Go through the main pages of your sites, your most popular blog posts, marketing collateral, and social media content to make sure everything is up to date!

You’ll notice over the years that brands such as Facebook, Twitter, Uber, etc. are tweaking their logos to remain fresh and innovative.  While your brand may not need a full makeover, creating some new web page headers, testing a new email template, or adding in a new color to your branding color scheme are all worth testing.

Do some important semi-annual benchmarking tests.  See what your competition and favorite websites are offering in the New Year, and take a look at what sites, emails, and social posts are most engaging to you.


Go over your blog content, social media updates, website design, and offline marketing collateral to see if changes need to be made. With blog content, writing a new blog post with updated stats or how-to information will be a key part of your 2017 content strategy.  However, don’t forget to edit your previous blog post and add a link at the top of the page, letting your readers know that a newer post now exists on the same or similar subject.  The aim here is to make little adjustments to adapt to business and industry shifts.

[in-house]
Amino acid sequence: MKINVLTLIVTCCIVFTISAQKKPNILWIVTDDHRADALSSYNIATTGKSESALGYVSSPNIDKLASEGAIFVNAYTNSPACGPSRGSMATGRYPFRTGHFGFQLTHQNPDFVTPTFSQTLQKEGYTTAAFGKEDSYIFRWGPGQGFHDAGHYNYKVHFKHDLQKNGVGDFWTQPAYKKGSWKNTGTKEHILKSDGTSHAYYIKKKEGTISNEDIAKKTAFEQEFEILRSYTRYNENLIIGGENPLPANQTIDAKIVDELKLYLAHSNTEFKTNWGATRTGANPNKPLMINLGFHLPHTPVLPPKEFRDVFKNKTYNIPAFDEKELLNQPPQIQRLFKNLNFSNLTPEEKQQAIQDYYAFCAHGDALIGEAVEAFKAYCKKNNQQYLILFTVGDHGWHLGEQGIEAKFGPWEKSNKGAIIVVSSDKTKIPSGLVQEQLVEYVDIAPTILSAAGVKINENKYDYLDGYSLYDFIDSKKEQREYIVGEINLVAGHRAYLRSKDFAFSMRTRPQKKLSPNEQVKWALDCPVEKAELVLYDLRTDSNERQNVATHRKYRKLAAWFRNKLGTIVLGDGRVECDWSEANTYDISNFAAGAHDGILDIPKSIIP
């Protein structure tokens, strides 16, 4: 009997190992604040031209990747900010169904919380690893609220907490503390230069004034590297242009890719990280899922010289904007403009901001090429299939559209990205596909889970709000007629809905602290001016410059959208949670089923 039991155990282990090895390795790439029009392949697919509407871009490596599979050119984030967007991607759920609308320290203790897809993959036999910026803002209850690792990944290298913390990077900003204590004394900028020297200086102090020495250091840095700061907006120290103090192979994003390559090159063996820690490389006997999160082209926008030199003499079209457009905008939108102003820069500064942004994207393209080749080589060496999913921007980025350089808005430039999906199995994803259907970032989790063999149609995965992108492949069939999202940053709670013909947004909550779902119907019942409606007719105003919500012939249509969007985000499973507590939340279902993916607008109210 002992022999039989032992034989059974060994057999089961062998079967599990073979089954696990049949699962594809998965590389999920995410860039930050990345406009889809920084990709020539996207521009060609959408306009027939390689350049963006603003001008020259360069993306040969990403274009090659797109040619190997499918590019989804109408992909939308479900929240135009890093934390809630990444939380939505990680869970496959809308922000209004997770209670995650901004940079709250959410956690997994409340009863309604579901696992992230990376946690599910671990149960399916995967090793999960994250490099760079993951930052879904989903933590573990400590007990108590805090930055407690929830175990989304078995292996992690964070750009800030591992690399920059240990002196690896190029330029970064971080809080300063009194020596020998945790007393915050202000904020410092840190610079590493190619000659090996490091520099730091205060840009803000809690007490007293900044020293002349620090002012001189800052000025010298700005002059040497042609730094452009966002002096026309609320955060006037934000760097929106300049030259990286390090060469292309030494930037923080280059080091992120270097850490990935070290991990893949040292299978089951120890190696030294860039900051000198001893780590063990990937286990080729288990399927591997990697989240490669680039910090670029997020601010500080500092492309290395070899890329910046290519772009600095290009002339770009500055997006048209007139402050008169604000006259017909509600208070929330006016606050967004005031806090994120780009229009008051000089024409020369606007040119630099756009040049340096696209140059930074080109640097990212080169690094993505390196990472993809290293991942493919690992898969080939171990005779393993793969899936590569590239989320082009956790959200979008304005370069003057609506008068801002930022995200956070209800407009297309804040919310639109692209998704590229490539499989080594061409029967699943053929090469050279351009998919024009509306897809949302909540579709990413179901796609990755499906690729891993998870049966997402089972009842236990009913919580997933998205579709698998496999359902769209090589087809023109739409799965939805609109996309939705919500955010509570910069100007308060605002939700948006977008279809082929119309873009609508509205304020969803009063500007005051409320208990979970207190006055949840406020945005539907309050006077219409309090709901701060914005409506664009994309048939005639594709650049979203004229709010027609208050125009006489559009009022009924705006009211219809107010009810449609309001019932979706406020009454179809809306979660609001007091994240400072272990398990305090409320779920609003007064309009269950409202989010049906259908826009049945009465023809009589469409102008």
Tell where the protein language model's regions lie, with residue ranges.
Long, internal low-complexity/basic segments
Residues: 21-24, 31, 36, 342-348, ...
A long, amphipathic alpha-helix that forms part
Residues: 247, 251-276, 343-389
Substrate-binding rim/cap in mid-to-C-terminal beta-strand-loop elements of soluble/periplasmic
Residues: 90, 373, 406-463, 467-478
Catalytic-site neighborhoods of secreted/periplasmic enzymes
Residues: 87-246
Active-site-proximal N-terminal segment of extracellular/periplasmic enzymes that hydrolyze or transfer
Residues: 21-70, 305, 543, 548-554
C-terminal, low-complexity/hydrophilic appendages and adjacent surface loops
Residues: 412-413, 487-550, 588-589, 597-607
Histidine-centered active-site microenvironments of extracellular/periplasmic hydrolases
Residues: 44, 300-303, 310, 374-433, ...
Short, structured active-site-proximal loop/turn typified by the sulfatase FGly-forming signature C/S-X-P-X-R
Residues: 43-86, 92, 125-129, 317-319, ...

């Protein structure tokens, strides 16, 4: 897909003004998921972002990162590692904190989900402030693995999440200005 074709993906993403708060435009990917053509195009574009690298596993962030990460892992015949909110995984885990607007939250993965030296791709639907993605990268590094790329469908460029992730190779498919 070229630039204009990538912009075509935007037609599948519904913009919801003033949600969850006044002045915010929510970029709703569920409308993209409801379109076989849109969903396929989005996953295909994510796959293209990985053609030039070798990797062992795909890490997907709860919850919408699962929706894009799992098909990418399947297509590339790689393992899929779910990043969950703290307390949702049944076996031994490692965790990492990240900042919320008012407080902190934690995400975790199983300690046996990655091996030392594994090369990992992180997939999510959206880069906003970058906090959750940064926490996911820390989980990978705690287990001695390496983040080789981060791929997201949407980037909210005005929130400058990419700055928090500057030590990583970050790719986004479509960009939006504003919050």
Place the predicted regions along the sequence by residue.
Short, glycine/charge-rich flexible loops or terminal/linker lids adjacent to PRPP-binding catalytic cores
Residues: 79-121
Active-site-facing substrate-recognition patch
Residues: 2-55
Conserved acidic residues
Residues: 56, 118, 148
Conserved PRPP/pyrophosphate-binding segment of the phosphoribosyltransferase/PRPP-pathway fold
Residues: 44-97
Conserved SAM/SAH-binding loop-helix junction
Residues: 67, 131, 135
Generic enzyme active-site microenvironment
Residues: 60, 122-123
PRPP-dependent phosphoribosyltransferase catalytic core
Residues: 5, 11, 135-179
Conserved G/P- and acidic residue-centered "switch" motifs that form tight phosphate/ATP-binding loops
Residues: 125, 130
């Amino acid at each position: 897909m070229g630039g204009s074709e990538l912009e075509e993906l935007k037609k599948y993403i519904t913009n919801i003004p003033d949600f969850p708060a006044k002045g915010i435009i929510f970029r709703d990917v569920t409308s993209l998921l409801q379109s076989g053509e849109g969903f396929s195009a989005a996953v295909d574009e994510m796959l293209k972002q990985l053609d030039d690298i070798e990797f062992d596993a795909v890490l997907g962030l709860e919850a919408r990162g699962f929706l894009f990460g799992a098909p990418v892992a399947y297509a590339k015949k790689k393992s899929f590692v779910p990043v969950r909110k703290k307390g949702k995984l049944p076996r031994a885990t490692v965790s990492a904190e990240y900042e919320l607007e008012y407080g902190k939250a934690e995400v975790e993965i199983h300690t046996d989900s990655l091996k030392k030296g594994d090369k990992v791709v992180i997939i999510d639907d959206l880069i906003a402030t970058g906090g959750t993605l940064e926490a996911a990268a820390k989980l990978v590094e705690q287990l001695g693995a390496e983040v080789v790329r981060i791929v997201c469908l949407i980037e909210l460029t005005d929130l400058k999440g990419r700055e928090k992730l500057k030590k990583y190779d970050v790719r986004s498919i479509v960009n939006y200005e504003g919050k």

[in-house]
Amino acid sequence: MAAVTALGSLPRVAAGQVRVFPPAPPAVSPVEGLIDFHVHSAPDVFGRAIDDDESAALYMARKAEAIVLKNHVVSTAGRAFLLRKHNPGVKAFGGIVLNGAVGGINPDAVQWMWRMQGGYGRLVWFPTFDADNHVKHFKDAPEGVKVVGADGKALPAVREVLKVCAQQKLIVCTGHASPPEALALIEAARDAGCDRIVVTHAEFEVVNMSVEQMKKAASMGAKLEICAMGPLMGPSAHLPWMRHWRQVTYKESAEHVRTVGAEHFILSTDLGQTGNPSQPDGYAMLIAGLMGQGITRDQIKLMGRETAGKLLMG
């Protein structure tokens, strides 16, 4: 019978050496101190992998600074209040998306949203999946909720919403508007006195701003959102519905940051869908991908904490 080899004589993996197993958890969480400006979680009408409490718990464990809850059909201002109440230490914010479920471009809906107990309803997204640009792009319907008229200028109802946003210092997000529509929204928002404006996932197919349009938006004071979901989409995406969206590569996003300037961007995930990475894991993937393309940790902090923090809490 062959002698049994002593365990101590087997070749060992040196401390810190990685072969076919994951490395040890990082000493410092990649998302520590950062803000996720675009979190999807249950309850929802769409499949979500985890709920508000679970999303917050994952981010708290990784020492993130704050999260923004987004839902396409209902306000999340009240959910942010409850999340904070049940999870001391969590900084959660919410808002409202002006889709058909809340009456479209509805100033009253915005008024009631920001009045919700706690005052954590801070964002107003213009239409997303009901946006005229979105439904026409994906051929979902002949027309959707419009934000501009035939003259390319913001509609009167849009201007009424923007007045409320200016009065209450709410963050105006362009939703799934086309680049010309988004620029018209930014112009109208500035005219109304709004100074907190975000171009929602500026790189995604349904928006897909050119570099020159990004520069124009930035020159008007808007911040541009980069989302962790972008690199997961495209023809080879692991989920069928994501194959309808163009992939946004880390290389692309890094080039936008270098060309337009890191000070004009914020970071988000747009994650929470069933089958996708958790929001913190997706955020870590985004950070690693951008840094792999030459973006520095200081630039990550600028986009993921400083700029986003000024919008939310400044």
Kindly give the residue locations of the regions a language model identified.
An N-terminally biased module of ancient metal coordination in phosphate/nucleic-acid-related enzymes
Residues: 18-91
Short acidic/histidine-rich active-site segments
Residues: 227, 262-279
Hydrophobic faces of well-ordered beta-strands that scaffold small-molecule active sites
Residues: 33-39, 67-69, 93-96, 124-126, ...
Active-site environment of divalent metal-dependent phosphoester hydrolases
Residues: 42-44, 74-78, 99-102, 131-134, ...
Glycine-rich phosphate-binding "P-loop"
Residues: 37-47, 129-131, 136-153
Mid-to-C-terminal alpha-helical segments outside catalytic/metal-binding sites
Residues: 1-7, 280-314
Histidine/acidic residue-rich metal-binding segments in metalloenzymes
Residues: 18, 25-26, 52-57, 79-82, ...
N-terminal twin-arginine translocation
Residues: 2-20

The success or failure of your 2017 marketing goals won’t rely on whether you use SEO or PPC to drive traffic, or if you allocate all of your marketing spending on Facebook instead of Twitter.

The key to success in 2017 is to gather data gained from 2016 and make educated decisions for 2017. It’s as simple as that; the more data you have, the more informed you’ll be to make decisions.

Using Google Analytics, Facebook Insights, customer sales orders, and support tickets, and doing active secondary research on your market and competitors, will give you all the tools to create and crush your 2017 business goals.